Next, the authors measured protein expression levels of granzyme B and perforin. Here, Usp30−/− CTLs showed reduced granzyme B expression and a maturation defect of perforin. However, impaired protein expression was not due to defective transcription, as Gzmb and Prf1 gene expression in Usp30−/− CTLs appeared normal. Instead, the authors identified defective mRNA translation in Usp30−/− CTLs to be causative for reduced granzyme B and perforin protein expression (Fig. 1). In line with this, wild type (WT) CTLs in the presence of the cytosolic protein synthesis inhibitor cycloheximide showed impaired cytotoxicity mirroring the phenotype of Usp30−/− CTLs.
To elucidate, which class of proteins was affected by the defect in translation in Usp30−/− CTLs, the authors performed mass spectrometry. Interestingly, in addition to mitochondrial proteins (>70%) that were most likely degraded by mitophagy, granzyme B, and the transcription factor eomesodermin that regulates cytotoxic proteins such as perforin, granzyme B, and interferon-γ (IFN-γ), showed reduced expression in Usp30−/− CTLs suggesting a rather selective process. In addition, also the expression of TNF-α, IFN-γ, and TNF-β appeared to be impaired in Usp30−/− CTLs.
In view of the emerging evidence in the field that mitochondrial translation can regulate the effector function of CD8+ T cells and CD4+ T helper (Th) cells including Th17 cells3,4 and as the authors had found mitochondrial and only selected cytosolic proteins to be reduced in Usp30−/− CTLs, they now tested the hypothesis that direct inhibition of mitochondrial translation is sufficient to mitigate CTL function. When using doxycycline to specifically target mitochondrial protein translation, the authors indeed detected reduced synthesis of granzyme B and perforin that are translated by cytosolic ribosomes and observed impaired killing by WT CTLs.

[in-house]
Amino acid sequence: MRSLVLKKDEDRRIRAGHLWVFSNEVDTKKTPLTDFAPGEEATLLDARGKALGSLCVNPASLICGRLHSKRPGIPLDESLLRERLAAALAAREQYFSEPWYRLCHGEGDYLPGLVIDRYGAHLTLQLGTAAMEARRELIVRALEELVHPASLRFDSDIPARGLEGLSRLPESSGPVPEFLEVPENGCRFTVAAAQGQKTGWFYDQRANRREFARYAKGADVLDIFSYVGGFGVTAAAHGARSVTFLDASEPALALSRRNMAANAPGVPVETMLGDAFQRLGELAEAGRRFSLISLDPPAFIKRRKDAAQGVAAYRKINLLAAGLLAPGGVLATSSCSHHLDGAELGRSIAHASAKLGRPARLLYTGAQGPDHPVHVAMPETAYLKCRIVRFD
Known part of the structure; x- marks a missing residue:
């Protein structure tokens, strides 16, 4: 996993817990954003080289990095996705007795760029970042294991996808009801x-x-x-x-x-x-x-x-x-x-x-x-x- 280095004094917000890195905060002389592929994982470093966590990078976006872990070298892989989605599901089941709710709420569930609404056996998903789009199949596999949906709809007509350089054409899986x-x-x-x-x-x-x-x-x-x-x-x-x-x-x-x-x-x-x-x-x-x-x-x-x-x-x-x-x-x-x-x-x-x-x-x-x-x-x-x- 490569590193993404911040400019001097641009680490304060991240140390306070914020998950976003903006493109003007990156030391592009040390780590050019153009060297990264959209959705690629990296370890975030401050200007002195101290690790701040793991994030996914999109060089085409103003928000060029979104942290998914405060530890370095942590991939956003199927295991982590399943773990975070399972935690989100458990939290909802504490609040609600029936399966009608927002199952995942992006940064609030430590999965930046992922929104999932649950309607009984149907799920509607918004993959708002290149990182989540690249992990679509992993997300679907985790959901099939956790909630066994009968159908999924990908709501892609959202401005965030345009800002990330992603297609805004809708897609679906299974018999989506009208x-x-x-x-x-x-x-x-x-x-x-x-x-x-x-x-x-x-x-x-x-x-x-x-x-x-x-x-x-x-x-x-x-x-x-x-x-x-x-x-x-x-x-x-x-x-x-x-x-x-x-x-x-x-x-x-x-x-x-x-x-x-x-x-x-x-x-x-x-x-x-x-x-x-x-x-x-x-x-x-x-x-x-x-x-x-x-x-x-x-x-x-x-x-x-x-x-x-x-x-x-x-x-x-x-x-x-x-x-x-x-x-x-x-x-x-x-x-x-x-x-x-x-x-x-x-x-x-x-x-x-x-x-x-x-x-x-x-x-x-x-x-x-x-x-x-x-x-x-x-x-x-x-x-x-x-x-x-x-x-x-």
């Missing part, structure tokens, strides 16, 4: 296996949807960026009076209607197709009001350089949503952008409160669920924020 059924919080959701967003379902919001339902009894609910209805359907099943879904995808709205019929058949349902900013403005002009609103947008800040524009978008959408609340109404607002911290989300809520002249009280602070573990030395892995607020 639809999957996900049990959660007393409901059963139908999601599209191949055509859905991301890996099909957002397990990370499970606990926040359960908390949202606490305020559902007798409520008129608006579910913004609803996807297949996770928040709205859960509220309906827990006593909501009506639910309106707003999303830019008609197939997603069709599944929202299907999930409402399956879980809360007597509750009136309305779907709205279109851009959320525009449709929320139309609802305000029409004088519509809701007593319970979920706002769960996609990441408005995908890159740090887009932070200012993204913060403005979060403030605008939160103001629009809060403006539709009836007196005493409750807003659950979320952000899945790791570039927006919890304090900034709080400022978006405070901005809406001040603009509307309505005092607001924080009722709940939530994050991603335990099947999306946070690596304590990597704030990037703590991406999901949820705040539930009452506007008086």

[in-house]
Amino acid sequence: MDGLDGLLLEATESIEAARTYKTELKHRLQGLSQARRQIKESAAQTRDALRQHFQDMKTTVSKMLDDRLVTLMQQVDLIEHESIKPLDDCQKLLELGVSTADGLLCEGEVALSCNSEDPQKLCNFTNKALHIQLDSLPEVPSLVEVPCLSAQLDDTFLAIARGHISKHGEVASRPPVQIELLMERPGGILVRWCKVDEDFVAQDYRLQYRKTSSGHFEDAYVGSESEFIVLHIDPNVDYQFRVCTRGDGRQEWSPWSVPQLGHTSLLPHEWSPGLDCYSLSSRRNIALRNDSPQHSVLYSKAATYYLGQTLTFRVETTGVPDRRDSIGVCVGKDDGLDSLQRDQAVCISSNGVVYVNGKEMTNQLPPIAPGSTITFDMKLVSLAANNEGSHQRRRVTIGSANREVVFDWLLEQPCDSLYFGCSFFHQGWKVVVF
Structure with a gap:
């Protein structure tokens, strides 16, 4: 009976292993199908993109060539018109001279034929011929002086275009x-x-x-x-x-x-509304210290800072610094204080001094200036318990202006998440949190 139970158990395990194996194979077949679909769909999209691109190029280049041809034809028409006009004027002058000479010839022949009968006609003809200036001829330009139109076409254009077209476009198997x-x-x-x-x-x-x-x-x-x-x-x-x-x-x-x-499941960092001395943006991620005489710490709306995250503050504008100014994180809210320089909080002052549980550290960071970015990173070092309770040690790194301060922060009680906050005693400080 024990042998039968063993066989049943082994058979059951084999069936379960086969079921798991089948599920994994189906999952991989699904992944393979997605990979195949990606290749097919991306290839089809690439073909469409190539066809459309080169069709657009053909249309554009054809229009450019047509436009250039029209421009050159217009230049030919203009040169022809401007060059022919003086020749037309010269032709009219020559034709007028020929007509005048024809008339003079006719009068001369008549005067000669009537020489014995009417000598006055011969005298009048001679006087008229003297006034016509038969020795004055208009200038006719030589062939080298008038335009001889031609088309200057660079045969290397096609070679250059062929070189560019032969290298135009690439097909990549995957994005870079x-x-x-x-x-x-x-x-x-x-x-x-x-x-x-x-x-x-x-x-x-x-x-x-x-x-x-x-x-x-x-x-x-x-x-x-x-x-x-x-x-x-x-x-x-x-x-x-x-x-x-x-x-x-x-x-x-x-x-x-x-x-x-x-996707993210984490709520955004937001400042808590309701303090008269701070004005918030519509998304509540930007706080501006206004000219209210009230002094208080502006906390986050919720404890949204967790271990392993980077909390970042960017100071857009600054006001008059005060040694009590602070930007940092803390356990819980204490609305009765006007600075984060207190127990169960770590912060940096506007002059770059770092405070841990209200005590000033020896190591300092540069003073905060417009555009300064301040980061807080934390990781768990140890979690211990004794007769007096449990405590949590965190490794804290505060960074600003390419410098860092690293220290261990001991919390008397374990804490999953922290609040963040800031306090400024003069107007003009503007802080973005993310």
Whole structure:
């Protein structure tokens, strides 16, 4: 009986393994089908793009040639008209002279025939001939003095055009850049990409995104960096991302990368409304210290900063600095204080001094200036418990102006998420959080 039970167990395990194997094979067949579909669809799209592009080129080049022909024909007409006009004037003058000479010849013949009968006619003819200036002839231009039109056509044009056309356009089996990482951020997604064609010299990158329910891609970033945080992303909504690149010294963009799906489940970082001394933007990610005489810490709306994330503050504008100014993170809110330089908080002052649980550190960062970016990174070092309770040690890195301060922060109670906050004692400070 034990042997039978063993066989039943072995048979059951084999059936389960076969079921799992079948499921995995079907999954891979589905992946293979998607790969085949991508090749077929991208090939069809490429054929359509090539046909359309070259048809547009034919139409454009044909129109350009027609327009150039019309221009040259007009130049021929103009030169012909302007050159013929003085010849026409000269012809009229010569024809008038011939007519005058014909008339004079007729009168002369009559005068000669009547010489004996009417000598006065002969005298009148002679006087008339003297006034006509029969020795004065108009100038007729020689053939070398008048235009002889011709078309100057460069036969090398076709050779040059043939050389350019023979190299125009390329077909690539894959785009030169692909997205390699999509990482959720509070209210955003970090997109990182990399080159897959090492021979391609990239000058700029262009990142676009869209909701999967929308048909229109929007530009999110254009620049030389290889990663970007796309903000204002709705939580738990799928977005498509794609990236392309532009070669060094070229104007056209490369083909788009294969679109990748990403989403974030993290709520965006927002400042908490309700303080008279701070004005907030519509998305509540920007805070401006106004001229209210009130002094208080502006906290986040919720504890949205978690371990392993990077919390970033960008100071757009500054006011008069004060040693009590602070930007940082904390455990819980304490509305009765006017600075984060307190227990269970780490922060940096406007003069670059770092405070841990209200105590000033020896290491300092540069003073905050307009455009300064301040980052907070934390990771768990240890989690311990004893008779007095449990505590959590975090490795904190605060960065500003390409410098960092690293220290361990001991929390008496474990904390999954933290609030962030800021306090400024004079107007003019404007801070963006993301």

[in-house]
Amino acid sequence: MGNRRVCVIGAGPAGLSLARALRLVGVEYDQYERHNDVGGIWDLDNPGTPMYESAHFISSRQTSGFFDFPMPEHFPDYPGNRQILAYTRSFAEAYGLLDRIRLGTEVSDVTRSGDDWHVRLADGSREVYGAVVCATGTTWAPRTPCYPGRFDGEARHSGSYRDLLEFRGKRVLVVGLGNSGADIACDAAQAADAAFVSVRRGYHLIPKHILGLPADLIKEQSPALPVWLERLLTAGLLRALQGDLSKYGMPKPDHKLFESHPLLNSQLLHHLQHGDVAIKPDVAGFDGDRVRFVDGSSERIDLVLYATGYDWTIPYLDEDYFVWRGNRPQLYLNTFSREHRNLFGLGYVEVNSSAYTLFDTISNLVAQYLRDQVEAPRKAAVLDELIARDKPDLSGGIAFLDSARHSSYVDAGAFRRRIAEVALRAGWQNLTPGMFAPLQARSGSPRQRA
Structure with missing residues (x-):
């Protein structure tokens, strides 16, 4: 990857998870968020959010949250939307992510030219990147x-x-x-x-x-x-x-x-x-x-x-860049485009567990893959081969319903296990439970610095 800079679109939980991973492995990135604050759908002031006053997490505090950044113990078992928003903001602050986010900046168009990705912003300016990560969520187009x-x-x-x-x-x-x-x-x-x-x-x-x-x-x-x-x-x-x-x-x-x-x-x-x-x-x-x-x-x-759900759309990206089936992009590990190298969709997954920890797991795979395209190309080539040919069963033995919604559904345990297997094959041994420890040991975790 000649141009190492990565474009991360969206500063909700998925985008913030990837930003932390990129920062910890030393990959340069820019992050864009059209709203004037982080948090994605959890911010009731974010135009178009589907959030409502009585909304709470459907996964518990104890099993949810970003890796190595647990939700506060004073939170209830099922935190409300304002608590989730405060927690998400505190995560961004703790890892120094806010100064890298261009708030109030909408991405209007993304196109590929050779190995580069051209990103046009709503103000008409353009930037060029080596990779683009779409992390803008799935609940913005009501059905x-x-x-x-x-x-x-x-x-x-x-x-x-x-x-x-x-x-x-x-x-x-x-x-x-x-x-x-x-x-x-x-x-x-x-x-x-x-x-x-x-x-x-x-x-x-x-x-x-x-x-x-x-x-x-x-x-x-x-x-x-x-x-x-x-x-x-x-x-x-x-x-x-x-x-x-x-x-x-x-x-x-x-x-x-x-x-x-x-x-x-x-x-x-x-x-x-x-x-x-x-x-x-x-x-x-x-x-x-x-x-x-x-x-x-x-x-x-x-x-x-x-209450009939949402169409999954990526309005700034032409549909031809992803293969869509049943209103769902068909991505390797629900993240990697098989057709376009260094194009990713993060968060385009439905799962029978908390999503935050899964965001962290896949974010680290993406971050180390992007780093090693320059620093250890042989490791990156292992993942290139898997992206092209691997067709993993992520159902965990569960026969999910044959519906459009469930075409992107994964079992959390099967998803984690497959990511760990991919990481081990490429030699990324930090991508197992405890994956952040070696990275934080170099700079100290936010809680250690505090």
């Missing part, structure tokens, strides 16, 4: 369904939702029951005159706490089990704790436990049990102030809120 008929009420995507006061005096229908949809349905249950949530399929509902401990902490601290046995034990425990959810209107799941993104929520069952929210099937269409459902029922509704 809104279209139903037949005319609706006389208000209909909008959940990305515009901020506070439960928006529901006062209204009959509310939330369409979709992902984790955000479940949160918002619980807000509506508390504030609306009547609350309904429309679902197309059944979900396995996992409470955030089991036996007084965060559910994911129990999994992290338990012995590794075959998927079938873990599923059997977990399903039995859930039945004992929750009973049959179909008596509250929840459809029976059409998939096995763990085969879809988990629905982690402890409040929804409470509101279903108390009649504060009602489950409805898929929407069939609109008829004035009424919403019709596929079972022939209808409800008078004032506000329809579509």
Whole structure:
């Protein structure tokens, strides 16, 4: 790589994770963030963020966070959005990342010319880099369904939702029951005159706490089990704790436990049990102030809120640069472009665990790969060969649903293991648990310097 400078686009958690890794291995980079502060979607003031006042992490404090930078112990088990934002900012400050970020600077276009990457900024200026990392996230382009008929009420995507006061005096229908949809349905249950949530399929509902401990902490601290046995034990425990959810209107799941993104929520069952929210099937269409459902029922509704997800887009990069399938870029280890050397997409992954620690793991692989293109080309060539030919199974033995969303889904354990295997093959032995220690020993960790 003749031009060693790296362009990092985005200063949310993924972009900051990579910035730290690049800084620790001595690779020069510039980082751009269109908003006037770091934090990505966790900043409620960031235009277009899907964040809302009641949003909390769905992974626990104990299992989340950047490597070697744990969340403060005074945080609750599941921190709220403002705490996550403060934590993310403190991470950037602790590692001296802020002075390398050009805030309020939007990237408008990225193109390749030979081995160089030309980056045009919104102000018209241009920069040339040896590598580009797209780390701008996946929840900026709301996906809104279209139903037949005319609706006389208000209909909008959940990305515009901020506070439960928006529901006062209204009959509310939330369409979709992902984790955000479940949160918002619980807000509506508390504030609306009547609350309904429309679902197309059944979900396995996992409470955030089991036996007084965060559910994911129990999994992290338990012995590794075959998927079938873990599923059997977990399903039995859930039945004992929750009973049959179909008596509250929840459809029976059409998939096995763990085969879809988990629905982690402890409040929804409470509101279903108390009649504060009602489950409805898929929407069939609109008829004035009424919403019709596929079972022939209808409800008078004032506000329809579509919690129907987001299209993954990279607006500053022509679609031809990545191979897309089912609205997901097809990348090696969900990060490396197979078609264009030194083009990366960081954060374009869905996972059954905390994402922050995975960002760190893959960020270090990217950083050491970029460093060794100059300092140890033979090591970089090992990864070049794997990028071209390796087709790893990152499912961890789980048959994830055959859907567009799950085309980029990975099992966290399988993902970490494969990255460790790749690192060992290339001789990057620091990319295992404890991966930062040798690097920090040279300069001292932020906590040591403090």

Together, the data by Griffiths and colleagues1 provide novel evidence that mitochondrial translation regulates cytosolic protein synthesis in CTLs to ensure serial killing. In their study, the authors suggest that mitochondrial proteins could act as RNA-binding proteins for specific mRNAs (“Moonlighting”) and thereby mediate cytosolic synthesis of proteins such as granzyme B, TNF-α, and IFN-γ during serial killing of CTLs. In this way, the bioenergetic competence of CTLs is carefully linked to the availability of effector molecules for immune responses that represent energetically demanding situations.
The fact that mitochondrial translation can regulate T-cell function is increasingly recognized in the field and the current study adds compelling evidence for this fascinating mechanism. A (future) comprehensive analysis of the RNA interactome of mitochondrial proteins in CTLs would further complement the present study.